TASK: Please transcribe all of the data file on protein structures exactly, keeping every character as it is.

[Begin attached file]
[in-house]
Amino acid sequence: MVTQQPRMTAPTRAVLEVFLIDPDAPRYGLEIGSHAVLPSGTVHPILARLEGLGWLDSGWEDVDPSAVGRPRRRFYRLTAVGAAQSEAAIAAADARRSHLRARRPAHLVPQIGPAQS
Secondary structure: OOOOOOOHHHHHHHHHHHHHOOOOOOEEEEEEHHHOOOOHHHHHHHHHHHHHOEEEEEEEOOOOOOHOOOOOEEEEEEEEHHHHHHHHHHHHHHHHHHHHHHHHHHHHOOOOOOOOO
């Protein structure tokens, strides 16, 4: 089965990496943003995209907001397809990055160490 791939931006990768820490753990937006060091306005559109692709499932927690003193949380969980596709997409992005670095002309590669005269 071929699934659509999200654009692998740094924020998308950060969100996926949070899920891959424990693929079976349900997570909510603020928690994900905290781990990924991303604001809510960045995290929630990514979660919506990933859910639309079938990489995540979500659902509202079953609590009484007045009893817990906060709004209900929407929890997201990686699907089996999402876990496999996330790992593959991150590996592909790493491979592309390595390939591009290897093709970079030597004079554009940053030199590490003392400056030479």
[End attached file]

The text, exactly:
[in-house]
Amino acid sequence: MVTQQPRMTAPTRAVLEVFLIDPDAPRYGLEIGSHAVLPSGTVHPILARLEGLGWLDSGWEDVDPSAVGRPRRRFYRLTAVGAAQSEAAIAAADARRSHLRARRPAHLVPQIGPAQS
Secondary structure: OOOOOOOHHHHHHHHHHHHHOOOOOOEEEEEEHHHOOOOHHHHHHHHHHHHHOEEEEEEEOOOOOOHOOOOOEEEEEEEEHHHHHHHHHHHHHHHHHHHHHHHHHHHHOOOOOOOOO
């Protein structure tokens, strides 16, 4: 089965990496943003995209907001397809990055160490 791939931006990768820490753990937006060091306005559109692709499932927690003193949380969980596709997409992005670095002309590669005269 071929699934659509999200654009692998740094924020998308950060969100996926949070899920891959424990693929079976349900997570909510603020928690994900905290781990990924991303604001809510960045995290929630990514979660919506990933859910639309079938990489995540979500659902509202079953609590009484007045009893817990906060709004209900929407929890997201990686699907089996999402876990496999996330790992593959991150590996592909790493491979592309390595390939591009290897093709970079030597004079554009940053030199590490003392400056030479």